Camera’s favourite child in Chennai

Fresh from her success at the Aura Face of India 2019 pageant, model-cum-mental health crusader
Shriya Srivatsan shares pages from her diary

Published: 09th October 2019 09:52 AM  |   Last Updated: 09th October 2019 09:52 AM   |  A+A-

20-year-old Shriya Srivatsan won Aura Face of India 2019

20-year-old Shriya Srivatsan won Aura Face of India 2019

Express News Service

CHENNAI: Beauty pageants are not just a great platform for individuals to build their confidence, but they also teach the participants to get their point across, work for a cause and make a difference in the world,” says 20-year-old Shriya Srivatsan who recently won Aura Face of India 2019, a national pageant held at Surat, recently. She was judged and mentored by eminent personalities in the industry including Bollywood stylist Bharat Gupta, show choreographer Khizar Hussain, Miss India 2018 Anukreethy Vas and fashion designer Kwaljit Singh. In a conversation with CE, she talks about being a newbie in the industry and its scope in Chennai.

When did you develop an interest in modelling?

My mom often narrated stories of how my dad used to make me stop crying, by clicking my photos. That has rubbed off on me till today. Even when I am in a bad mood, all it takes is a camera to get me smiling. Modelling is something I organically started liking as a child. But it faded for a brief time, till one day in 2016 when I convinced my mother to take me for a modelling assignment. We were panicking and asked the photographer to help me out with the poses. A few clicks in, we heard the photographer say, “Slow down with the poses, I need time to click.” That was the beginning of my journey.

Given the current shelf-life of most industries, do you think modelling is a lucrative career choice?

Modelling has a wide spectrum of opportunities. It ranges from clothing, products to accessories. Apart from this, there are ramp walks, pageantry, advertisements, and the new trend — being a social media influencer. If we make a place for ourselves by the age of 28, we can survive in the industry until our 50s.

How did you prepare for the pageant?

I followed a strict diet, a yummy one nevertheless, and hit the gym every day for a minimum of one hour. I also took up a one-week course at Tiara in Pune, where they train you specifically for pageants — how to walk, how to talk and the details of pageantry.  

How did you balance studying and  modelling assignments?

I was pursuing BA Sociology at MOP Vaishnav College for Women when I started modelling. My determination to make my passion into my purpose is what kept me going through college. I love studying, and especially when your teachers believe in you, it gives you more motivation. I prioritised both. College and modelling were equally important to me at that time. The trick is to never give up and manage time according to the needs. I am also planning to pursue a post-graduation course in mental health.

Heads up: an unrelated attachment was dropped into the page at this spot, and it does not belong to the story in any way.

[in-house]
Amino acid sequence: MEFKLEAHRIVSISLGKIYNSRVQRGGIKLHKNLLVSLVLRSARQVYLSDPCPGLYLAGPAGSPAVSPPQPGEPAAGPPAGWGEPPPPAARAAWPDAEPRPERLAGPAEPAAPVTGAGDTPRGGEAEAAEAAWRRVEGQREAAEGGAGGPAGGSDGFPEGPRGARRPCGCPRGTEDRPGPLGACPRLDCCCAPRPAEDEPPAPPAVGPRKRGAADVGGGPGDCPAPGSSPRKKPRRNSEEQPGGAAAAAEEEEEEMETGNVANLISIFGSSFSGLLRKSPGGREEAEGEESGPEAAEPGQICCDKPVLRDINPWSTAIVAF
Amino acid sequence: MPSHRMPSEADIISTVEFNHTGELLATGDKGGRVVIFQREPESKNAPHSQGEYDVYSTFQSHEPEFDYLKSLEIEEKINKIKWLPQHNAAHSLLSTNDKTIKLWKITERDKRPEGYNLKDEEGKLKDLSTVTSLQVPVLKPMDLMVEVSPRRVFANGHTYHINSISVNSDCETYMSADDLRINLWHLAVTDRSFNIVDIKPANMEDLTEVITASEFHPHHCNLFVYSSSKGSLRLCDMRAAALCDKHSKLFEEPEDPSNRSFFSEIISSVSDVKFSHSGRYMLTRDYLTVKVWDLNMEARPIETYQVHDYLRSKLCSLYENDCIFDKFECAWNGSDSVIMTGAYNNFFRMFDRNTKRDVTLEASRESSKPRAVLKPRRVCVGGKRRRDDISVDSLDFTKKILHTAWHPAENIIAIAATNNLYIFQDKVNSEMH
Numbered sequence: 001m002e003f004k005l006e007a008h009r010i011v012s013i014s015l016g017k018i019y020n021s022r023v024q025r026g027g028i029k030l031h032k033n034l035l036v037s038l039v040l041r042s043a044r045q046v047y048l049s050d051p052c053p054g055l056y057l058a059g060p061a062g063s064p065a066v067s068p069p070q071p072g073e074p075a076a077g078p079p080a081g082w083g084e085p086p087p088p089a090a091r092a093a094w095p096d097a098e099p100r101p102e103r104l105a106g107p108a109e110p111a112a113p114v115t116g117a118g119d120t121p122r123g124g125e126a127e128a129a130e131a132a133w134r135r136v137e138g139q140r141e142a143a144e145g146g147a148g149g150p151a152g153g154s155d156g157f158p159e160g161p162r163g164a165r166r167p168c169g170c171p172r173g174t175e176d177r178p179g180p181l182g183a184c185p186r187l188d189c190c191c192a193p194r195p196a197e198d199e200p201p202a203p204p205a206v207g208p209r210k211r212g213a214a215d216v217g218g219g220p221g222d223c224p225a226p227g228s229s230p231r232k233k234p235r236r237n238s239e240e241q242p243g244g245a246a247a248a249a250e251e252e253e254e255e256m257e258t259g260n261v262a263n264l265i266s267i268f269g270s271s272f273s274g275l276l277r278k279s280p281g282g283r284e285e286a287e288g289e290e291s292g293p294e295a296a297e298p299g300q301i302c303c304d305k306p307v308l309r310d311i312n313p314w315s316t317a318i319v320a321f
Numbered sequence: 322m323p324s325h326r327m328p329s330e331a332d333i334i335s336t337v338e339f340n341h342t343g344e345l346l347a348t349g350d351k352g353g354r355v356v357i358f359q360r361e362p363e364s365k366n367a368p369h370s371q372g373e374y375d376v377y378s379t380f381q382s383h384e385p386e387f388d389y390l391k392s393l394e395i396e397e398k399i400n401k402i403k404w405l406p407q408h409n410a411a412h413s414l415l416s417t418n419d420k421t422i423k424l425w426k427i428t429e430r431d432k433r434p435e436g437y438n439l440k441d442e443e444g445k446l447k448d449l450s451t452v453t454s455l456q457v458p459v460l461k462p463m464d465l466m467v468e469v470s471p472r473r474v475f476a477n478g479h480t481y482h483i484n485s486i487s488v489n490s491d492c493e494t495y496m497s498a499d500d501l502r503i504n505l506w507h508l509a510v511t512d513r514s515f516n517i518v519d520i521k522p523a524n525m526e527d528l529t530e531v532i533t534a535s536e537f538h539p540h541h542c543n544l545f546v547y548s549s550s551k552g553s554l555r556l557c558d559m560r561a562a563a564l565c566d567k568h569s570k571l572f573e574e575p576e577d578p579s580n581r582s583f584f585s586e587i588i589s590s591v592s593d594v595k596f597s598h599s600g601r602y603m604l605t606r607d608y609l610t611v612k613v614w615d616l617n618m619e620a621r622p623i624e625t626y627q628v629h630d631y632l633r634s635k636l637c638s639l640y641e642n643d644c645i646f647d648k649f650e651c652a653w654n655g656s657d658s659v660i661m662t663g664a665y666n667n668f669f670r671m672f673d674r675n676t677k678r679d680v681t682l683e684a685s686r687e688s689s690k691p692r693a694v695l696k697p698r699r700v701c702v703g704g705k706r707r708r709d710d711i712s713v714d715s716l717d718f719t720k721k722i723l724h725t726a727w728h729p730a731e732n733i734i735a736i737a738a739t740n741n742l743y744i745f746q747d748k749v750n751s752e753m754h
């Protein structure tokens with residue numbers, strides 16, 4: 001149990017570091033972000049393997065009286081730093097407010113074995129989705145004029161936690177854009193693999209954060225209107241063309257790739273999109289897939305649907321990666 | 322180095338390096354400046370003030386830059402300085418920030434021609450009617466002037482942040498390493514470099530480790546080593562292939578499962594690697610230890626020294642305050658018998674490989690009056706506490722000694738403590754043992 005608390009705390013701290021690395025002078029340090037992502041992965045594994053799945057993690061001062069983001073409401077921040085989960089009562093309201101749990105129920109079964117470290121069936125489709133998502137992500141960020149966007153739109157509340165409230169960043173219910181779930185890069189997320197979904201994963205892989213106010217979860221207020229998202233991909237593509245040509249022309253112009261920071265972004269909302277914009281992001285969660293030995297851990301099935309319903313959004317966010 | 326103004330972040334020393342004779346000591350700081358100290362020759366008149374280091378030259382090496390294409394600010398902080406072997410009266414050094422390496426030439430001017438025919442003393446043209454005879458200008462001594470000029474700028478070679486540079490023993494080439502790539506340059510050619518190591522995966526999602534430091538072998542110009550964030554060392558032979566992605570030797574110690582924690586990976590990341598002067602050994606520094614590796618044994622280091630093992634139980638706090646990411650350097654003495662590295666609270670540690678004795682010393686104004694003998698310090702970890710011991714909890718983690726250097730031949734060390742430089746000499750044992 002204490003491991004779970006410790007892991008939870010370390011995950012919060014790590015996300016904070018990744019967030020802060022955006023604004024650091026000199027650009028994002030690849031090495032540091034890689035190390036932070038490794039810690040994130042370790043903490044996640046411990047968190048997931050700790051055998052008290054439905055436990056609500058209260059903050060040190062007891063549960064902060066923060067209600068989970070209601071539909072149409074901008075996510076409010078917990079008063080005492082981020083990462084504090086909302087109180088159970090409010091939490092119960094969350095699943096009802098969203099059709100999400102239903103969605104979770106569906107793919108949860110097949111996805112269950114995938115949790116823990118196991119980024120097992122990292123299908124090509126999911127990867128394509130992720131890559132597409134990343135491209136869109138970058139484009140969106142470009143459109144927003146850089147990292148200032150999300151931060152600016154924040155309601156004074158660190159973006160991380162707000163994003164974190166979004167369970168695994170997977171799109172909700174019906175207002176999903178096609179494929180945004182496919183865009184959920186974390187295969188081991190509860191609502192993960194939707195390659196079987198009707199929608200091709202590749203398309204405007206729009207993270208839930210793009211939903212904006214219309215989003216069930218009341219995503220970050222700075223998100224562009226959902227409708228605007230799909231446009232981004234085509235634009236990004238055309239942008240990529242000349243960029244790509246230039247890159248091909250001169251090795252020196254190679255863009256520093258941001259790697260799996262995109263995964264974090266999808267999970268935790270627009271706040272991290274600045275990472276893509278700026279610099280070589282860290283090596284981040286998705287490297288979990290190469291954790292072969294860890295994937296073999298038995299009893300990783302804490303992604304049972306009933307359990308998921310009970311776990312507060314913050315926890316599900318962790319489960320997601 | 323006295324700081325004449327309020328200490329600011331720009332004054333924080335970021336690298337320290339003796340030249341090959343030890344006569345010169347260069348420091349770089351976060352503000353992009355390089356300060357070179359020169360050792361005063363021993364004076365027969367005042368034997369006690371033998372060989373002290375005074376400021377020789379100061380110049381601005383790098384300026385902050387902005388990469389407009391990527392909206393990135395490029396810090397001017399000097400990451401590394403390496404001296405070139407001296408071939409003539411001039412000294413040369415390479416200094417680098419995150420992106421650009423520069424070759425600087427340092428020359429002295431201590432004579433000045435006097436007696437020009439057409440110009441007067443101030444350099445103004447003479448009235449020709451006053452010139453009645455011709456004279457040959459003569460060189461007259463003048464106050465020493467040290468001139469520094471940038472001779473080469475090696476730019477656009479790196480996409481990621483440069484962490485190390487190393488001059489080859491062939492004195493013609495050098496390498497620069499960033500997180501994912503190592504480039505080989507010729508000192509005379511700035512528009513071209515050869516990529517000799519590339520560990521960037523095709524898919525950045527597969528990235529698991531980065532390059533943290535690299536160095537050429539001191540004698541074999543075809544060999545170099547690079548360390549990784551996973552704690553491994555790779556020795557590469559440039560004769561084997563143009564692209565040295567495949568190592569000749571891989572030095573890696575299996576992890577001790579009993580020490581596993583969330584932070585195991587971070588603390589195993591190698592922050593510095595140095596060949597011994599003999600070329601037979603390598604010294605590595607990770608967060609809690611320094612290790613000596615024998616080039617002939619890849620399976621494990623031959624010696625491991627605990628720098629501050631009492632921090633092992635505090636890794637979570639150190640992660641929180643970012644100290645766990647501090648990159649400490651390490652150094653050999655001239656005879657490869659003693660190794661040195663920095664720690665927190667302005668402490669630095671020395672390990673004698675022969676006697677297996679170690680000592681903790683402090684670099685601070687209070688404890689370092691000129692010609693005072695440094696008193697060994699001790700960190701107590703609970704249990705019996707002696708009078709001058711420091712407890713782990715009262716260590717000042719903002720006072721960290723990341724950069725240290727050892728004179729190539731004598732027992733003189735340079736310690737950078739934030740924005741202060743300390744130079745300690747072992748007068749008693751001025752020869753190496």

With beauty pageants being organised in every nook and corner of the country, do you think the concept is losing its authenticity?

Nowadays, beauty pageants are not only about beauty. It is also about how one can contribute to society as it provides a platform and the exposure to voice about a cause. With more beauty pageants, the industry is only opening itself to new talent. I don’t think pageants are losing authenticity, instead, they are gaining acceptance and simply catering to the increasing demand.

Lately, several models have come out about their casting couch experiences.

Models are misled into thinking that there is limited work and that they won’t be able to do anything else if they don’t agree to ‘compromise’. Models who are just starting must be supported and made aware of the opportunities. Say no to one person, yet there are hundreds of agencies and millions of designers out there. There is always work, we just need to be confident and believe in ourselves and not give in to the pressure of our society and families wanting fast results.

Any memorable moments from your journey?

I think every second was cherishable — from the minute I stepped into Surat to learning the Bachata, going to different restaurants every day and walking the ramp when it was raining. If I had to choose one, it would be the pride I saw in my parents’ eyes when I won. I don’t think I’ll ever forget it.

Do you think there are enough opportunities for aspiring models in Chennai?

Yes, I just think they need to be guided the right way. There are so many new areas including social media where you can reach out to designers and agencies. Especially in Chennai, the fashion industry has opened up even more than in the last few years.

What are your other interests?

I am a co-host at the Firefly Campaign that focuses on mental health. We organise events where people of all ages come together and talk on a particular topic, the emotions and feelings we have gone through in a way that the other person can relate to. Our aim is for people to leave the event with a light heart and an understanding that they are not alone. We strive to break the taboo around mental health.

Are you currently preparing for any upcoming pageant?

I made Chennai proud and I would like to make India proud too. I am contesting for Miss India 2020 and hope to spread awareness about mental health and give back to the country that has given so much to me.

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